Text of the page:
Category Archives: Comedy

Easy A (2010)

Here’s another recent one. I saw it not too long ago, but didn’t get a chance to write up a review. Now that classes are ending, I have time to catch up on my reviewing.

Easy A theatrical poster

On the surface, this teen comedy was entertaining, but nowhere near appropriate for young children. It spins the story of high school girl Olive Penderghast (Emma Stone) who lies to her best friend (played by Alyson Michalka) that she had lost her virginity. This is overheard by a classmate (Amanda Bynes), and spreads around the school with physics-defying speed. Soon, the school’s Christian group, led by Bynes’s character, start a movement against her for being a slut. Gay student Brandon (the very cute Dan Byrd) asks her for help “blending in”, i.e. trying to pass as a heterosexual. Olive has pretend-sex with him at a party, which only fuels the rumors.

Brandon and Olive, immediately before their pretend-sex

When other “losers” find out what she did for Brandon, they ask her to do the same for them. Fat kids, geeks and assorted dweebs pay her to say she had sex with them. It completely ruins her image, and she begins to identify with Hester Prynne from Hawthorne novel The Scarlet Letter, who was shunned by society for adultery and forced to wear a red letter A on her chest. Taking a page out of that book, Olive sews a scarlet letter onto her own (increasingly provocative) outfits in defiance of those who think poorly of her.

However, her resolve wears thin. Soon, the mocking and protests take a toll on her self esteem until she begins to believe the rumors herself. Distraught, she eventually tricks the entire school into viewing her webcam, thinking she’s going to strip. Instead they find her sitting at her desk, fully clothed, telling the story of her fall from grace.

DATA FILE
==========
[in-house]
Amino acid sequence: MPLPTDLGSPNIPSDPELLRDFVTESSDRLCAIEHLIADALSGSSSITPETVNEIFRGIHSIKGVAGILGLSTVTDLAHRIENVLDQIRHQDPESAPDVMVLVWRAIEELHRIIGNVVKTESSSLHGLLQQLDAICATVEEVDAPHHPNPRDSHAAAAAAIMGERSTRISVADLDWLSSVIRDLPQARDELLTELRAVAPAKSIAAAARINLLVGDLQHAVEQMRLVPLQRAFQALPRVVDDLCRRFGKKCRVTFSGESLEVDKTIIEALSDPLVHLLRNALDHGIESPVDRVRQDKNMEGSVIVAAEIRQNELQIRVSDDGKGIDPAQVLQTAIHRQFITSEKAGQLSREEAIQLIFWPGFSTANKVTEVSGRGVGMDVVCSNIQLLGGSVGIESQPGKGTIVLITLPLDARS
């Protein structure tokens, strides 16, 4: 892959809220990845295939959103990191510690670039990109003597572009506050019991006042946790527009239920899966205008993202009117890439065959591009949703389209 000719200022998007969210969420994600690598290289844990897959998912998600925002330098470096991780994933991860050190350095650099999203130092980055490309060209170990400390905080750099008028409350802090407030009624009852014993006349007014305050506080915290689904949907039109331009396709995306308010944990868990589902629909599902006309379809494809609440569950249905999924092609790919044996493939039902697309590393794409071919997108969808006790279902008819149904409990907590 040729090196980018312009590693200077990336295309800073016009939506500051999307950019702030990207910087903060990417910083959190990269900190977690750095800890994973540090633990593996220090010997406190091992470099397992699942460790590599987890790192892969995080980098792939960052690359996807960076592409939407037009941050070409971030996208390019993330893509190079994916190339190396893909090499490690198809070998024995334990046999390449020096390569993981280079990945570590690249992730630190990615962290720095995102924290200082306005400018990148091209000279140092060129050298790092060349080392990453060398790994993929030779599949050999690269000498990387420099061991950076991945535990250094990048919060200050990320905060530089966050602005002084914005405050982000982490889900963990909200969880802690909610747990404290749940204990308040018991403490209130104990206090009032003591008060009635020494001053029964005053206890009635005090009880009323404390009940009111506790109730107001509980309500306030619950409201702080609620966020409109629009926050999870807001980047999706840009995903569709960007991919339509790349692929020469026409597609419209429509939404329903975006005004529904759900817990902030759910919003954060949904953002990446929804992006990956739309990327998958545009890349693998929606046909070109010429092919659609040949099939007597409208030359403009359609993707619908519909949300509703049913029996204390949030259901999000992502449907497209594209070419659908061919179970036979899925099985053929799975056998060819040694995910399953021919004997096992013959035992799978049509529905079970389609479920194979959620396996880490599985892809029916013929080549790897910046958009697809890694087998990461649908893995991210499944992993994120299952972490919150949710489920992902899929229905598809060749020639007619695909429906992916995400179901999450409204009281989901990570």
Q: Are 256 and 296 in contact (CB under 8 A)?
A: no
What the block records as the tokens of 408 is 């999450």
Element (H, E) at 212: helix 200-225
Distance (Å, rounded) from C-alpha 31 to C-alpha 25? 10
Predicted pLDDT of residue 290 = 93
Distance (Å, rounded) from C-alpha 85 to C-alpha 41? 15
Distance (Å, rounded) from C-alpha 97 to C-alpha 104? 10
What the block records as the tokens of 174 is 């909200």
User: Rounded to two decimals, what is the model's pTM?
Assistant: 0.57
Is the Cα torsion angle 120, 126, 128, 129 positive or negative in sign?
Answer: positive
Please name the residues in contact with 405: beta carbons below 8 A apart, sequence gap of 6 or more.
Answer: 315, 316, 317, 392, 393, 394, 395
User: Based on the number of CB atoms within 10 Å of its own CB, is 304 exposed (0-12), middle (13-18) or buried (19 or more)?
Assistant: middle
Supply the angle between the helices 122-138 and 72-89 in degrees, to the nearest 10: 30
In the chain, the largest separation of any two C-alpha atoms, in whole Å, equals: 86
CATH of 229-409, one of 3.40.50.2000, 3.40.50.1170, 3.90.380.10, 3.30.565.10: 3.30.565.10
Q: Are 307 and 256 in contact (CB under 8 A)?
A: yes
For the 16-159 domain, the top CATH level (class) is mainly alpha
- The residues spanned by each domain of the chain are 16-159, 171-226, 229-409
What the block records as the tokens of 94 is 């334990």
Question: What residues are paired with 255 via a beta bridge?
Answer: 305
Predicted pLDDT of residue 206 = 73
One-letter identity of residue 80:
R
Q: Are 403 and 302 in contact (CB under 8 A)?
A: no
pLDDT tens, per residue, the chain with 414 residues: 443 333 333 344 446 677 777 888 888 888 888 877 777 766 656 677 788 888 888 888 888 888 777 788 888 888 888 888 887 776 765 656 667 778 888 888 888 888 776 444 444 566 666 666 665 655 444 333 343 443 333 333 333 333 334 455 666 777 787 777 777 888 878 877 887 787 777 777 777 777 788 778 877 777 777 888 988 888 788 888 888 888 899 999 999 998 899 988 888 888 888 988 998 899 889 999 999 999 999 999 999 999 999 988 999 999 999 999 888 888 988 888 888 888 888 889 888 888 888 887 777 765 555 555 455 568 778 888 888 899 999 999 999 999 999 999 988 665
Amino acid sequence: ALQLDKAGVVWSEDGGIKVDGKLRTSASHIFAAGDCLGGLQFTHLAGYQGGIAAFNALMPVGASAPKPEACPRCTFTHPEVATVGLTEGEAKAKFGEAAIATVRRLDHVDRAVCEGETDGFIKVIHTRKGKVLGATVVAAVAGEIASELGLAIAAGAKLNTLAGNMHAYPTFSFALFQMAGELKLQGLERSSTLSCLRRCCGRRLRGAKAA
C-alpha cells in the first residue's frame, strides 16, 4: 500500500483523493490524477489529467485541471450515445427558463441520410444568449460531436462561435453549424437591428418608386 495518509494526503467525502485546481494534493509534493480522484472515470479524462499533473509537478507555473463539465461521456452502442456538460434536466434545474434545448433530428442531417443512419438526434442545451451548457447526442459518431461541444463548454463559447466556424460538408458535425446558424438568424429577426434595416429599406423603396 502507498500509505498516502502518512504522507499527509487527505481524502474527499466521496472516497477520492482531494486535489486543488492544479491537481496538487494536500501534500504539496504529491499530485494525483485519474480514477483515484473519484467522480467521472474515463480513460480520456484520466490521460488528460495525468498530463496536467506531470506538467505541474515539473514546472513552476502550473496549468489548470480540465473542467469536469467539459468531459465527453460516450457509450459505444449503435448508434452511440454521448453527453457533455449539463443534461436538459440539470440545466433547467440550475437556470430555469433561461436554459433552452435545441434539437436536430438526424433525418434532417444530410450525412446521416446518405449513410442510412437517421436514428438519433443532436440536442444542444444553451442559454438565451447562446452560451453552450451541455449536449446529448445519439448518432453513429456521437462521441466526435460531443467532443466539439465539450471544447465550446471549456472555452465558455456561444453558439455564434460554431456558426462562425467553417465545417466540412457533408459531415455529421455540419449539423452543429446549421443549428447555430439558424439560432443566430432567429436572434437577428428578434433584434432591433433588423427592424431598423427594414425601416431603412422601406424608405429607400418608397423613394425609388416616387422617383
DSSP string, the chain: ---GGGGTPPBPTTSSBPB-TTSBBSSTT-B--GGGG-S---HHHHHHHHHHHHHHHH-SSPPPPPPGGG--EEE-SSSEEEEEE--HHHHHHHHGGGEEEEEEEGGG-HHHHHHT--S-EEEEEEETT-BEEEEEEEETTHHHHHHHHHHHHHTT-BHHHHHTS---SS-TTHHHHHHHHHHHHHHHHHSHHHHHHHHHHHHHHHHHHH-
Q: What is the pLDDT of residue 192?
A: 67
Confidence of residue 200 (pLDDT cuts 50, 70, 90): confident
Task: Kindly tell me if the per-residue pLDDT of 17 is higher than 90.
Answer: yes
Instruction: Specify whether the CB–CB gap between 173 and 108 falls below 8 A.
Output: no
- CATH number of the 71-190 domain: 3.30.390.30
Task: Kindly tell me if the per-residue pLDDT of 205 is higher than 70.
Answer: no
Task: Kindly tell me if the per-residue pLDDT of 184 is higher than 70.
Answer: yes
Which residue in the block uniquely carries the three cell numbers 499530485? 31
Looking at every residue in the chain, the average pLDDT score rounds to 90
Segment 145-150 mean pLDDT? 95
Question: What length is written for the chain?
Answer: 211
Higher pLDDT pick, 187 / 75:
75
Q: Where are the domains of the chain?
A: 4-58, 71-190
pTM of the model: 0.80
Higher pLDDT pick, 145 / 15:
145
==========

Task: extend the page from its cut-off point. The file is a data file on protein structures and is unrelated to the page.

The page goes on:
In here there’s also a love story. In a flashback, she is shown as a child playing “seven minutes in heaven” with Todd (Penn Badgley), who isn’t ready for his first kiss. She lies for him, telling everybody that they did kiss. He never forgot that, and so he refuses to believe what people say about her. As everyone else hates her more and more, he finds himself falling in love. After she tells her story to the entire school, he whisks her away just like they did in 1980s coming-of-age movies.

Whatever happened to chivalry? Does it only exist in 80’s movies? I want John Cusack holding a boombox outside my window. I wanna ride off on a lawnmower with Patrick Dempsey. I want Jake from Sixteen Candles waiting outside the church for me. I want Judd Nelson thrusting his fist into the air because he knows he got me. Just once I want my life to be like an 80’s movie, preferably one with a really awesome musical number for no apparent reason. But no, no, John Hughes did not direct my life.

Stylistically, it seems to want to emulate the 80s teen movies it mentions. However, it falls significantly short here. While those films generally had some sort of lesson to teach, this was pure drama for drama’s sake. There was no Breakfast Club moment where the characters realized they had been wrong about each other. The references were superficial, at best. It does, however, give a good indication of what those movies might have been like had they been made today. A little less meaning, a lot more attitude.

Overall, I enjoyed it. The DVD is coming out on 21 August, just in time for the holiday season. If you were raised on the Brat Pack, you should enjoy this. If you weren’t, I would still suggest adding it to your Blockbuster or Netflix queues.

Emma Stone was the clear breakout star here. She did an absolutely fantastic job with what the writers gave her, and she earned a Golden Globe nomination for Best Actress (Comedy/Musical). Her performance here has landed her some big upcoming roles, including one opposite Steve Carrel, and the female lead for the reboot of Spiderman currently in production. Expect to see lots of her in the future.


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The Princess Diaries